I began reading the Dialogue of Justin, a Greek philosopher who came to the knowledge of Christ and is considered to be one of the Early Church fathers. I’d read bits of this dialogue between Justin the Martyr and Trypho the Jew when I was stationed in Germany in the mid 1980s. I recently stumbled upon the Dialogue while doing research about the First Church for a message I’m sharing this Sunday at LifePointe Church in Crowley, TX.
When I rediscovered this dialogue it got my attention because it is very indicative of what the emerging church is experiencing and expressing. I find it interesting how the Church has come full circle with its desire to find simplicity, relevance, authenticity, purpose, reason, cause and hope for existence. Without giving away too much of my message I can say that there are many believers (young and old) who have come to a point in their faith where they want to experience more and do more. It’s not just about the experience, but also about the questions we should be asking. Here is an excerpt from the Dialogue of Justin that I find to be very intriguing, challenging and confirming:
Trypho: Are you, then, a philologian, but no lover of deeds or of truth? and do you not aim at being a practical man so much as being a sophist?
Justin: What greater work could one accomplish than this, to show the reason which governs all, and having laid hold of it, and being mounted upon it, to look down on the errors of others, and their pursuits? But without philosophy and right reason, prudence would not be present to any man. Wherefore it is necessary for every man to philosophize, and to esteem this the greatest and most honourable work; but other things only of second-rate or third-rate importance, though, indeed, if they be made to depend on philosophy, they are of moderate value, and worthy of acceptance; but deprived of it, and not accompanying it, they are vulgar and coarse to those who pursue them.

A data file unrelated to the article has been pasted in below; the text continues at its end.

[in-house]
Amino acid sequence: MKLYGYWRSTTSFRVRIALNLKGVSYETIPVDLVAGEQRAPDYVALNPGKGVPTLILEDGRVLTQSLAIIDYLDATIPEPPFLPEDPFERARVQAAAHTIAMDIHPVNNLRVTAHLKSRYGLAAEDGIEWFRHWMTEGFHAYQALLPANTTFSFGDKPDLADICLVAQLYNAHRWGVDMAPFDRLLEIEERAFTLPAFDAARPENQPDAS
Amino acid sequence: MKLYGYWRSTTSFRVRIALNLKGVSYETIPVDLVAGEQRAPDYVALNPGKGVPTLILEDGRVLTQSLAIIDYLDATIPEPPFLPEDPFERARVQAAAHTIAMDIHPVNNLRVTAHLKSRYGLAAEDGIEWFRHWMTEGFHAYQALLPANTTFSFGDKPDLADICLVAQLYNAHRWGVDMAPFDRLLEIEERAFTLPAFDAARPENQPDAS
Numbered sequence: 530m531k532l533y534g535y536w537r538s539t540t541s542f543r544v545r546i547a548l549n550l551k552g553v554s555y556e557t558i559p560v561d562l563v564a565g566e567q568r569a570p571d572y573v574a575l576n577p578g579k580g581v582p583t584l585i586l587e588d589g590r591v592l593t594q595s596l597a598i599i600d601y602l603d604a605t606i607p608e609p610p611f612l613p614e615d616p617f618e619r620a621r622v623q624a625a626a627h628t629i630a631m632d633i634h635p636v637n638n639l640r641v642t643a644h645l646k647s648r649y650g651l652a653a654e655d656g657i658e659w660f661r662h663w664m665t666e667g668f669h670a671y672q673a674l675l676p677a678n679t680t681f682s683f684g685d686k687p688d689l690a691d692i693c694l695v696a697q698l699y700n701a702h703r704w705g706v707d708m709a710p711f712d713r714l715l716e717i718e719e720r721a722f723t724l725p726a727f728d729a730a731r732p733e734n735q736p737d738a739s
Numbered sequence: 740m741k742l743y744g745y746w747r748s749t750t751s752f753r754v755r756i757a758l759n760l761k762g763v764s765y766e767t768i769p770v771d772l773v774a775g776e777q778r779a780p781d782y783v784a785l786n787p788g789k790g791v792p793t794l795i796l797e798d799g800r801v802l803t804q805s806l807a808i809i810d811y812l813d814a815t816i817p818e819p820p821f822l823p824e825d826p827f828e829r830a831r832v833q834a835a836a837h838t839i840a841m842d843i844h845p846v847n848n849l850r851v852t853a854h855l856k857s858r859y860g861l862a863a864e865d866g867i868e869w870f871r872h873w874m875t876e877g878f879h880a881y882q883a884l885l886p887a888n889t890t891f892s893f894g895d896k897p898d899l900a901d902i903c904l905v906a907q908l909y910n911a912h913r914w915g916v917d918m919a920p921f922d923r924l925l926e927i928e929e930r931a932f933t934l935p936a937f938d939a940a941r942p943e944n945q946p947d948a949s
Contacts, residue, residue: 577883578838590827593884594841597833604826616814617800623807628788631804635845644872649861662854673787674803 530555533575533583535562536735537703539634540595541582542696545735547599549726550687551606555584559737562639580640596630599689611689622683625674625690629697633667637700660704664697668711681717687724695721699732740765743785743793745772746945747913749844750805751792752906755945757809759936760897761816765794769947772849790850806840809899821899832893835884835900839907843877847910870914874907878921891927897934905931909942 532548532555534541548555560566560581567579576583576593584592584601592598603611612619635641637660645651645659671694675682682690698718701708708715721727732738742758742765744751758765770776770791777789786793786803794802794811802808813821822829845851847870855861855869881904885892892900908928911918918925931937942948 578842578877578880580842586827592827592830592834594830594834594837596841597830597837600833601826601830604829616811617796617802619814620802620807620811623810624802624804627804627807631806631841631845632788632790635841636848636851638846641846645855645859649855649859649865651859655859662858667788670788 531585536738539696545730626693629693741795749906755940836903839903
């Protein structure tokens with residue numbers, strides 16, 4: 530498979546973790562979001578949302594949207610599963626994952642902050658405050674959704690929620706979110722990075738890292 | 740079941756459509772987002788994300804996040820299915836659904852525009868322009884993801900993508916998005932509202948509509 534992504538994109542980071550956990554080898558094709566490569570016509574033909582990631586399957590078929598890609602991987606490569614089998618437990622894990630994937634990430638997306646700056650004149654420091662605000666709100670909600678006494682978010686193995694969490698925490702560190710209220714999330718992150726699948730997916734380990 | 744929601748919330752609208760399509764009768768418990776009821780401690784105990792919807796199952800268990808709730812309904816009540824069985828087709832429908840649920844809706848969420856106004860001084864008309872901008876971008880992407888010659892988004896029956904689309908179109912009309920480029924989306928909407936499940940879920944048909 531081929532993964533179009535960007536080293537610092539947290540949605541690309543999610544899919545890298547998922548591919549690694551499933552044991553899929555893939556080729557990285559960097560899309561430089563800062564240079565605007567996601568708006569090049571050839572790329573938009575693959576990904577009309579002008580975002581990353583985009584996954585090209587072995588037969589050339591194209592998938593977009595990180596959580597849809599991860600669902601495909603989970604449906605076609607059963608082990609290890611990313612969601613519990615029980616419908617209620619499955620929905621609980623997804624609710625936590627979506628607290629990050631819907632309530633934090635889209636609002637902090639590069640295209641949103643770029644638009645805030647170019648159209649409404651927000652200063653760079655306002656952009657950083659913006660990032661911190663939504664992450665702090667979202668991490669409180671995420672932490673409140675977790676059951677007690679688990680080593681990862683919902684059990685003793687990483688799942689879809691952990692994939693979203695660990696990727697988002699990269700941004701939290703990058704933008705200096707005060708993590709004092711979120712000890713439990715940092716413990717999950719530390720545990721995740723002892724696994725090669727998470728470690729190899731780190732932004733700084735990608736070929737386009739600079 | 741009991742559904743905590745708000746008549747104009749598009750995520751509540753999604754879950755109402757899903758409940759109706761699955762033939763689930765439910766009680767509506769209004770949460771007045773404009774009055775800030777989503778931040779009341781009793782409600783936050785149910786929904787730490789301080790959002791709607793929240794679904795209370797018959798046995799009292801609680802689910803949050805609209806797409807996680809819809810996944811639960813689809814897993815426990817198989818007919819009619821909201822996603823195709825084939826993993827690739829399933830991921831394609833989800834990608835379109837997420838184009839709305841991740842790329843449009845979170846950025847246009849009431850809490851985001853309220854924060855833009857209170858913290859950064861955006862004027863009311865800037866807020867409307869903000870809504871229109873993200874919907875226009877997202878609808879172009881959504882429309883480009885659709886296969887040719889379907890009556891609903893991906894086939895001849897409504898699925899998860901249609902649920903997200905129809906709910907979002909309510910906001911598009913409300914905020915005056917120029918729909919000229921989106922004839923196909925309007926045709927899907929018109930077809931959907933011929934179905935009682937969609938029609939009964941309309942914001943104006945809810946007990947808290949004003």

Trypho: Does philosophy, then, make happiness?
Justin: Assuredly, and it alone.
Trypho: What, then, is philosophy? and what is happiness? Pray tell me, unless something hinders you from saying.
Justin: Philosophy, then, is the knowledge of that which really exists, and a clear perception of the truth; and happiness is the reward of such knowledge and wisdom.
I am captivated by Justin’s definitions of philosophy and happiness. It sounds like a very profound and deep thought, but in essence it is the most practical and rational view of both philosophy and happiness. Of course, this is only a glimpse of philosophy from the heart of one man, but it truly should challenge us to think about those things we hold to be true to our hearts and minds. The dialogue reminds me of Paul’s quest to Mars Hill as he challenged the philosophers of the day with a new thought of the day by using their own idols to explain the existence of the unknown god. More so, this is about the importance Jesus placed on the renewing of the mind that He might transform the heart. My challenge with this post is that we not be afraid of asking the tough questions. More importantly, that we not shy away from being asked the tough questions. We don’t have to know the answers…just know where to find them and how to lead someone to those answers as well.